Whether the prodigal return of the Aztecs reflects our embrace of Bataille’s expansive ethos of sacrifice and ‘expenditure without reserve’ against the utilitarian capitalist imperative of profit (insular reinvestment, infinite thrift masquerading as generosity) is open to question now that Bataille too has become an antique, however. The development of capitalism beyond its earlier instrumental rationality has now intensified to a point where the profit motive is so pervasive that, paradoxically, disinterested intellectual observers no longer see it, declaring society free from economic determination. Capitalism seems to have grown almost Aztec in its excesses, the gratuitousness of its (re)production and, not least, its wars, taking on an almost festal inutility. This appearance of non-utilitarian largesse (no more than skin deep - the lightest flaying reveals its continuing duplicity) marks the era of Bataille’s academic and, no doubt, business-manual recuperation (expect a guide to post-dotcom management called Funky Sacrifice sometime last week). The limits of a valorisation of sacrifice as counter-capitalist tactic are, then, not too hard to make out.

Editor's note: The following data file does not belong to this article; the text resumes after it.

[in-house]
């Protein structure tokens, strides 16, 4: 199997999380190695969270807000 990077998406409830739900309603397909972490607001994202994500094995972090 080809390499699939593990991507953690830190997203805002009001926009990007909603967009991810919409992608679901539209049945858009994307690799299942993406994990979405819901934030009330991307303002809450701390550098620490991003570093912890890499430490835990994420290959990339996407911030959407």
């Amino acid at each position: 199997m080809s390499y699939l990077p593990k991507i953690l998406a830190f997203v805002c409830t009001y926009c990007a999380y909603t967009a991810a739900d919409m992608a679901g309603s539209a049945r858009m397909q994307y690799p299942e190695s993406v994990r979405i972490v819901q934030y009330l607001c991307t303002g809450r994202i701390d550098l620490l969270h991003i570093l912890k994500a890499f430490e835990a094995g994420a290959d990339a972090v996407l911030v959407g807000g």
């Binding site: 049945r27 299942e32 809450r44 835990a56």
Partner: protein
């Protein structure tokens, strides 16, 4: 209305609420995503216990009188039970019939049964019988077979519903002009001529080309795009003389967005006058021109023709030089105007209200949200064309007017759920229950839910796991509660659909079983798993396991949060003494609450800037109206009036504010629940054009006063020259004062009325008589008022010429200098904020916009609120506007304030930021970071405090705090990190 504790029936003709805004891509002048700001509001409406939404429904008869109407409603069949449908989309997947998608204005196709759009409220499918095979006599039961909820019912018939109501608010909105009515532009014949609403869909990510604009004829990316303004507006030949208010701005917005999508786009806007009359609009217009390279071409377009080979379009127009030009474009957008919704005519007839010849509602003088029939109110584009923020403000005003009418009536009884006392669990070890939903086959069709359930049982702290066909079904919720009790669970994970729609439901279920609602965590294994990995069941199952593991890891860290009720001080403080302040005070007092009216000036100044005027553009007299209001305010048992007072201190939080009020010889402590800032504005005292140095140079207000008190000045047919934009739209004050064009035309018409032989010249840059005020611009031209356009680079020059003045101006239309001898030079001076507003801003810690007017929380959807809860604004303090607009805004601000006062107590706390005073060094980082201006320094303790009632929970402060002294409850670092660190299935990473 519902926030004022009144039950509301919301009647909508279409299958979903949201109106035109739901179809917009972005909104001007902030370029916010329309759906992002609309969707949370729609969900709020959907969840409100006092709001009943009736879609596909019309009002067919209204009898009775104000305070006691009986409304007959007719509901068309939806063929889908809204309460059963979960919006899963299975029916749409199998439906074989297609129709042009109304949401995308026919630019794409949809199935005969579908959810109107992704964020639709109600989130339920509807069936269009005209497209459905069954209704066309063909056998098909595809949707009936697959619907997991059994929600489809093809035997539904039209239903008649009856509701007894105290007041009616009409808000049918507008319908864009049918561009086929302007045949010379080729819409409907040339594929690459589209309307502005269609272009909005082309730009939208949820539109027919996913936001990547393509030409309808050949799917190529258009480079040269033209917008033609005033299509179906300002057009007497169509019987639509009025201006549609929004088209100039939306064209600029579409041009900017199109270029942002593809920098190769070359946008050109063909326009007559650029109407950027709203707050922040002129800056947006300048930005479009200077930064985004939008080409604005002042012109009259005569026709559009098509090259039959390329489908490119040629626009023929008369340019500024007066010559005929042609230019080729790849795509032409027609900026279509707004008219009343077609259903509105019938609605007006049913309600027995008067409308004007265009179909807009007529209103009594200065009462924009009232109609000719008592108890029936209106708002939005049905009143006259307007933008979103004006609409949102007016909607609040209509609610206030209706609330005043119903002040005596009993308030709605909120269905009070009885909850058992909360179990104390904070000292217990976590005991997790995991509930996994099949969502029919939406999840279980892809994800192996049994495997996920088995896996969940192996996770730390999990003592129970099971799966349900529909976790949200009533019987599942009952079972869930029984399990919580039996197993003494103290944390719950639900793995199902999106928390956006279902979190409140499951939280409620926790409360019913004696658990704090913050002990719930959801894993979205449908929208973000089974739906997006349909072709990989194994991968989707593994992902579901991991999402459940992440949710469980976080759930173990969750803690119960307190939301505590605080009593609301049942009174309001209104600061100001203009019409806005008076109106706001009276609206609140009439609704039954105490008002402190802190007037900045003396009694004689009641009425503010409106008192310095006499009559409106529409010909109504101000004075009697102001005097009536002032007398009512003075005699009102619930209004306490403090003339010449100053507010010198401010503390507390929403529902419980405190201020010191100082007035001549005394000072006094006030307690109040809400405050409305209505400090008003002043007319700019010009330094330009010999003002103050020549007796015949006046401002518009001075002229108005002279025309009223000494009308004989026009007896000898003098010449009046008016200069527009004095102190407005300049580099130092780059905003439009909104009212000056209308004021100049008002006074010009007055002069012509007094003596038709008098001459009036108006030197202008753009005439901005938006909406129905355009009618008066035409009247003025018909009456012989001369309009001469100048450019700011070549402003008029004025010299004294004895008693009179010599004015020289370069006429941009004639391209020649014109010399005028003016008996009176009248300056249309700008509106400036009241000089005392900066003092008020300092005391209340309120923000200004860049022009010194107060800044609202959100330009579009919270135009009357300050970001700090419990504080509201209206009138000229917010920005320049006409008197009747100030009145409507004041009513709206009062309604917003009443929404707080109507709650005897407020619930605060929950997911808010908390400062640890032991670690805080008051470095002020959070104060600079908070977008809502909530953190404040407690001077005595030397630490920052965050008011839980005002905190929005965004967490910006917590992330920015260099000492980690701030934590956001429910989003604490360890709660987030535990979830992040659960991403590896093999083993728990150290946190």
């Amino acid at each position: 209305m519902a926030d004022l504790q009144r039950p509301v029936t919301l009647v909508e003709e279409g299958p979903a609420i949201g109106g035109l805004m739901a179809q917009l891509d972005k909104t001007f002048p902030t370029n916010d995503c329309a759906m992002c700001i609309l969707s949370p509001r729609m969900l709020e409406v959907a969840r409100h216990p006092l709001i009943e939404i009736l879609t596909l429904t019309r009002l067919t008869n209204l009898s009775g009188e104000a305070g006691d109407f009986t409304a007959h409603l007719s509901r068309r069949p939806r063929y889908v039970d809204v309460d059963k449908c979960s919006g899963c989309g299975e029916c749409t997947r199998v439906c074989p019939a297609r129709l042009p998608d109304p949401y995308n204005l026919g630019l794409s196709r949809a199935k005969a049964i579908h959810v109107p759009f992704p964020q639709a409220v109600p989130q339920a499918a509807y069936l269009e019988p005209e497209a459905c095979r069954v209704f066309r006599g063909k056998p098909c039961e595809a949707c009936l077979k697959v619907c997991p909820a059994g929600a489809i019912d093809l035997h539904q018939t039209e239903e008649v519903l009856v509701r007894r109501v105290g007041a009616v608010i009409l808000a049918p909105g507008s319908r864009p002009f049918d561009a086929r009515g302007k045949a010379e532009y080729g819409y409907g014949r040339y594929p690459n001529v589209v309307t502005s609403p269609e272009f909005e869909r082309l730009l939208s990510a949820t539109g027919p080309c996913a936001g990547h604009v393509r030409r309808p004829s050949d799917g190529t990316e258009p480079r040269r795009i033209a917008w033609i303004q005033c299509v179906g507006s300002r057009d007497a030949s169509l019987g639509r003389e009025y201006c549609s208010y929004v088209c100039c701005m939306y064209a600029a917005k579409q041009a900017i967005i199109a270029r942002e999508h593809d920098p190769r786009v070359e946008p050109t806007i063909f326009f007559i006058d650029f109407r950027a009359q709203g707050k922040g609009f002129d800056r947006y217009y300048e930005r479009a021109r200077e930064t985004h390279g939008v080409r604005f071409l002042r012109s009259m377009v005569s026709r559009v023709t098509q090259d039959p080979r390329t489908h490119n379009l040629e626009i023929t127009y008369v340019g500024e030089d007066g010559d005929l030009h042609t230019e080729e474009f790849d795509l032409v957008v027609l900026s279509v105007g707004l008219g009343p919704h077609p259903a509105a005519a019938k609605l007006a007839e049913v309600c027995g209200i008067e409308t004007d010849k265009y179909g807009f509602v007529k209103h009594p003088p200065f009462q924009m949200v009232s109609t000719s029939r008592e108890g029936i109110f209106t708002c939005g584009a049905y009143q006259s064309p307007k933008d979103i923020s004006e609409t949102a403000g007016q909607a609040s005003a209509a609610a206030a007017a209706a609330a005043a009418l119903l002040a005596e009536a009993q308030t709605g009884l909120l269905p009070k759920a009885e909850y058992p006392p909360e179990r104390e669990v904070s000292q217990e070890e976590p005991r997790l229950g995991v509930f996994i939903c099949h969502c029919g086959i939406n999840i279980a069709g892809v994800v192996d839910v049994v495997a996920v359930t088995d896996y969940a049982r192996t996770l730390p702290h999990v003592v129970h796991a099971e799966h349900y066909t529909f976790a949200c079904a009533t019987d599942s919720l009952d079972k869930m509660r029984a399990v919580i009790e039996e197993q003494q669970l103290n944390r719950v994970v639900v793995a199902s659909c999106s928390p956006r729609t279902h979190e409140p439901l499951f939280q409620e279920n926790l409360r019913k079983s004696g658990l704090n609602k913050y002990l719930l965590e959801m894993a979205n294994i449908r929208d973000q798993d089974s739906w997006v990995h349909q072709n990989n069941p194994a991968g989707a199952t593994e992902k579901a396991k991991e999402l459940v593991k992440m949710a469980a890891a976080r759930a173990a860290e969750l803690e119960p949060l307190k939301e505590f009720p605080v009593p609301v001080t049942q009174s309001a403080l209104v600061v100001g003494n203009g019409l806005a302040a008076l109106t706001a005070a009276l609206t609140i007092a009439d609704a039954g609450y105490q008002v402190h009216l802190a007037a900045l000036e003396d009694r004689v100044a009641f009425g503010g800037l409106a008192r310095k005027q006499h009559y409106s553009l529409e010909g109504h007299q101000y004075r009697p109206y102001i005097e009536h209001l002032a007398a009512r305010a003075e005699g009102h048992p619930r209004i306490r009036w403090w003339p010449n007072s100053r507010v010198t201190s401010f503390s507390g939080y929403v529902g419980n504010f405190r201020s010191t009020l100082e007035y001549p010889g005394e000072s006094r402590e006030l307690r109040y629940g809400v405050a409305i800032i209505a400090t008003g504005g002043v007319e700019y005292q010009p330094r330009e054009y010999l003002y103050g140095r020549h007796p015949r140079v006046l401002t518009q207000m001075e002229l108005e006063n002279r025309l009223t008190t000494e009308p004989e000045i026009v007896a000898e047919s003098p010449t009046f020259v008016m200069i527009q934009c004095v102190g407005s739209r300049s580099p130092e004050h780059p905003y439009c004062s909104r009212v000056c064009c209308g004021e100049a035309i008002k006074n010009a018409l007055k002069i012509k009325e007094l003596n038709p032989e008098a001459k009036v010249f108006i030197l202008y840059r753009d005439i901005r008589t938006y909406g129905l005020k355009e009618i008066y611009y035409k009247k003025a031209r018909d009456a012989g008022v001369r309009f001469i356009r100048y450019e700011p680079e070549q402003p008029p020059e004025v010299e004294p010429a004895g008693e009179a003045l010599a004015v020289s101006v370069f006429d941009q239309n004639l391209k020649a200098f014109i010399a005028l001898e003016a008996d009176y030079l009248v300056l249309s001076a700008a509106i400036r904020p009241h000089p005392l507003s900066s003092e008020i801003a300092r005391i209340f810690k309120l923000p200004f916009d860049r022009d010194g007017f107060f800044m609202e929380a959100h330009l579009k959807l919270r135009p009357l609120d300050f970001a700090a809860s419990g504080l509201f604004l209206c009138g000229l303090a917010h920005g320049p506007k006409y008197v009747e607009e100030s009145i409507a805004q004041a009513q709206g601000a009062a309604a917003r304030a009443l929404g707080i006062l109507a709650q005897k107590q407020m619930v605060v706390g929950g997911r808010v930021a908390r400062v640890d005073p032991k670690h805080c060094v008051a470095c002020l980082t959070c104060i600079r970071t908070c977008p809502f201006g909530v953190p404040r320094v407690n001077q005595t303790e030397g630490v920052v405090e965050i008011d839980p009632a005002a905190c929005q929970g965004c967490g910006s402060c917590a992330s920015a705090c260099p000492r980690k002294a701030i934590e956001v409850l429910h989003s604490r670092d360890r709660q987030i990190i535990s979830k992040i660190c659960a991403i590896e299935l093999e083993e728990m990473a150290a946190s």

Meanwhile, even critics of the postmodern, somewhat bowdlerised Bataille, are now themselves enjoying, like involuntary victims of the Aztecs, their own moment in the sun. While Baudrillard basks on the comfy no logo chez longue of Le Monde Diplomatique after millennial terrorists recently fulfilled his ‘70s malediction of consumer society, it may be that both Bataille and Baudrillard’s invocations of emancipatory death have expired and returned as a parodic repetition of their former selves. The counterposition of visions of excess and violent gift-exchange to utilitarian capitalism was already problematic in the mid-20th century, with Bataille oscillating between the Nazis and Stalin in his attempt to find a north-west passage beyond Bolshevism, but the inadequacy of a nostalgia for spectacular violence and symbolic ex-termination in a regime of ‘cool’ atrocities and operational power is palpable. It doesn’t feel like a good time for slippered pyromania. The possibility of recovering anything truly liberating in an image of Aztec society is more likely to be amplified in the writings of Giorgio Agamben and Theodor Adorno, less exhilarated analysts of the irrationality of both western and non-western societies.